I'm pretty sure it's the wheel hoe. There's something about all the different techniques one can use a wheel hoe for that I really enjoy. Some people like to push it going forward but I like to pull it because I erase my footsteps And I like to think about that, erasing my footsteps. But more practically, you don't have to bend over to use it, you can be upright. If you're using the wheel hoe correctly you can really keep your spine in the field of gravity. You are approaching things straight on. It's kind of like a meditation because if I get overwhelmed by the amount of weeding there is to do and I try and move faster, then I work way faster than I should and then I’m leaning forward or leaning back - I’m out of alignment. When I'm using it I always think about how it seems like you get more done if you put more effort into something, but actually you get more done in the long run if you approach it more mindfully. It looks like you are working slower but you're somehow actually getting more done over time.
What are you excited for in the 2019 season?
I'm really excited about learning more about native plants, because that is a part of the new property that we are managing with the meadow installation. I'm trying to learn more about native plants and propagate them in our greenhouse so we can plant an understory in the orchard we planted this spring. Native plants are like a whole new world, and it's really exciting to learn about them. And I think about how a lot of the foods we eat are not really native to here, and I think about incorporating those natives back into what we're growing – I think it will enhance the terrior and I’m also excited about what it will do for the insects.
And I’m excited about Jeff's cultivating tractor, and I think it works. He tried it on the onions the other day. Because as much as I love the wheel hoe, I don't know about wheel hoeing 20 acres. (The cultivating tractor, if working properly, means less hand weeding for Jeff and Kelly.)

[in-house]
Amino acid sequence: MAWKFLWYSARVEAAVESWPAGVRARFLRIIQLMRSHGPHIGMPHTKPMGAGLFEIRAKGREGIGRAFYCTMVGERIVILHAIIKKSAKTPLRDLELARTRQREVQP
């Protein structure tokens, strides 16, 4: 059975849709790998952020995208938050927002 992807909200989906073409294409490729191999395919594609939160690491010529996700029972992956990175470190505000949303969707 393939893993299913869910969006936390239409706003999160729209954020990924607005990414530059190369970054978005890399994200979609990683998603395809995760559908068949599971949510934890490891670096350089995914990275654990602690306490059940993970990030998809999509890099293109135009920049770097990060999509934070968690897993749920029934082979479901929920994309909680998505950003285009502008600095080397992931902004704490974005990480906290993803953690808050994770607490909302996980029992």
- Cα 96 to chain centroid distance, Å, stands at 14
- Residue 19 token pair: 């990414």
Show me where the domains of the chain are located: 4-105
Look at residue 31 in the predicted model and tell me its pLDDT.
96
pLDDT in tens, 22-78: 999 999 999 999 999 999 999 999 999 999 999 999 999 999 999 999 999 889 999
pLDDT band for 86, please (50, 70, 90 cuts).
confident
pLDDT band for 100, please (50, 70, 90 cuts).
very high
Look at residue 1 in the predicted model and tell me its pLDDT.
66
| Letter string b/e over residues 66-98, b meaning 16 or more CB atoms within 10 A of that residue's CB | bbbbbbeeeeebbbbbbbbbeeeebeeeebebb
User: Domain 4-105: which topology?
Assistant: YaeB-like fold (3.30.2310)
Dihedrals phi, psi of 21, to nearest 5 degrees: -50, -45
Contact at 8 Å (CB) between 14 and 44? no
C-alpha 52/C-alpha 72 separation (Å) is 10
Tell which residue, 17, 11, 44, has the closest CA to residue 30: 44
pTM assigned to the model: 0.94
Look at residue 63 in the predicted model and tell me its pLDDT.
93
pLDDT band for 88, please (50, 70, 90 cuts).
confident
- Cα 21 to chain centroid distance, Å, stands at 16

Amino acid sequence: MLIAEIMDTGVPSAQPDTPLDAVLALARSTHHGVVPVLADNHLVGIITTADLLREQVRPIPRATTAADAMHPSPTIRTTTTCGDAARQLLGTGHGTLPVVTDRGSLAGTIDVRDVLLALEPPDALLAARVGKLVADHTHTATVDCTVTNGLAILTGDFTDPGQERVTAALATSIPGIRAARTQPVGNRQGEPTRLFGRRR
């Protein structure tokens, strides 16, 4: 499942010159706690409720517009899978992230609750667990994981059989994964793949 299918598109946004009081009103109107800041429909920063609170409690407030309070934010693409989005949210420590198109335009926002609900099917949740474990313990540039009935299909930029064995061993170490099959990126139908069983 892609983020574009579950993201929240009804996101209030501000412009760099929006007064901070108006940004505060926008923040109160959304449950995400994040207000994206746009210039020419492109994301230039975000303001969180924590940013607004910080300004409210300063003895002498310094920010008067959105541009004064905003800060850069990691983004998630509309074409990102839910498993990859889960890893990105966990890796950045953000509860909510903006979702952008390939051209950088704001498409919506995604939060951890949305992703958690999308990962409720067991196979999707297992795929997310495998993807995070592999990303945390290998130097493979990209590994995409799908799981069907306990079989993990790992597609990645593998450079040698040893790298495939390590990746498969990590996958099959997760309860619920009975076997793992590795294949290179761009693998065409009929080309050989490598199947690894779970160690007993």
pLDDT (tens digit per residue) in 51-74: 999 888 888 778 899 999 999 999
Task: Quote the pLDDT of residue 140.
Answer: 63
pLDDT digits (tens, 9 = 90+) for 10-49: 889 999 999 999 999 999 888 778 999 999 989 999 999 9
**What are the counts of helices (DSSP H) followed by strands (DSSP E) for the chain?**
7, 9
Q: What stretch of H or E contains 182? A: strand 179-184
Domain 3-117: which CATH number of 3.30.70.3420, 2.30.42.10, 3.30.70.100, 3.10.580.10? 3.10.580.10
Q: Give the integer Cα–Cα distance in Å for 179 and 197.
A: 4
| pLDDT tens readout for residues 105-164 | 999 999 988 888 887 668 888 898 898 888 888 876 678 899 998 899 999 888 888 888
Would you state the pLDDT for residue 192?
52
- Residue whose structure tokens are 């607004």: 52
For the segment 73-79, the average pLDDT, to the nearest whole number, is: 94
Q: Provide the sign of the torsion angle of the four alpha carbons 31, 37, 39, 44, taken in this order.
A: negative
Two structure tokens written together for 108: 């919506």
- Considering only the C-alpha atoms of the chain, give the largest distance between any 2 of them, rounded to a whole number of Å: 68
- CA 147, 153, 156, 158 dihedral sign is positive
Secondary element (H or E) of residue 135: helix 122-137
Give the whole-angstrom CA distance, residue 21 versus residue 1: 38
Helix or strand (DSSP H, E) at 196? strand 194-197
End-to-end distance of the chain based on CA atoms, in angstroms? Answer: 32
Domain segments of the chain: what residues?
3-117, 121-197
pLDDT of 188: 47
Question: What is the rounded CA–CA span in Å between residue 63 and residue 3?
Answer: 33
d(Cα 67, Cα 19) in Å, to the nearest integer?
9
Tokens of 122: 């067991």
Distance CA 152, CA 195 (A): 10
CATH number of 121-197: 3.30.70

Is it true that before you were a couple, Jeff was your boss at another farm?
That is true...that is true...
Sounds like there’s a story there…?
Um...yeah well, I met Jeff at Outpost and he was managing Wellspring – a not for profit Organic farm - and he was looking for interns for that coming season. I had just graduated college, and I was doing an internship over the winter but my summer was open. S0 I set up an internship – I was so excited to learn about an organic farm located so close to where I grew up. Within days of being there I knew I liked this guy.
I think it took until August until anybody made a move; I didn't get there until June. Jeff put his hands on my feet – that was his first move. It was after a field day at Angelic Organics farm, we were the only two of the crew around that weekend. We went to Lake Michigan and sat on the beach and it was kind of clear that it wasn't a typical manager/intern relationship. I didn't care that he was my manager, but I guess he did. So we started dating in secret.
What is something many people don’t know about you, and might not guess from meeting you a few times?
That I was really in to cheerleading when I was younger.
If you weren’t a farmer, what career might you be doing right now?
I'd probably be an herbalist.
What, aside from farming, is bringing joy into your life these days?
Playing Beetles songs on the piano.
Any wrap-up sentiments or final words?
I hope that its's great season for everybody!! And they should try to come to the farm at least once in their tenure as a CSA member.
Jeff Schreiber has been farming organically for 10 years. In 2011 he started Three Sisters Community Farm with his wife, Kelly.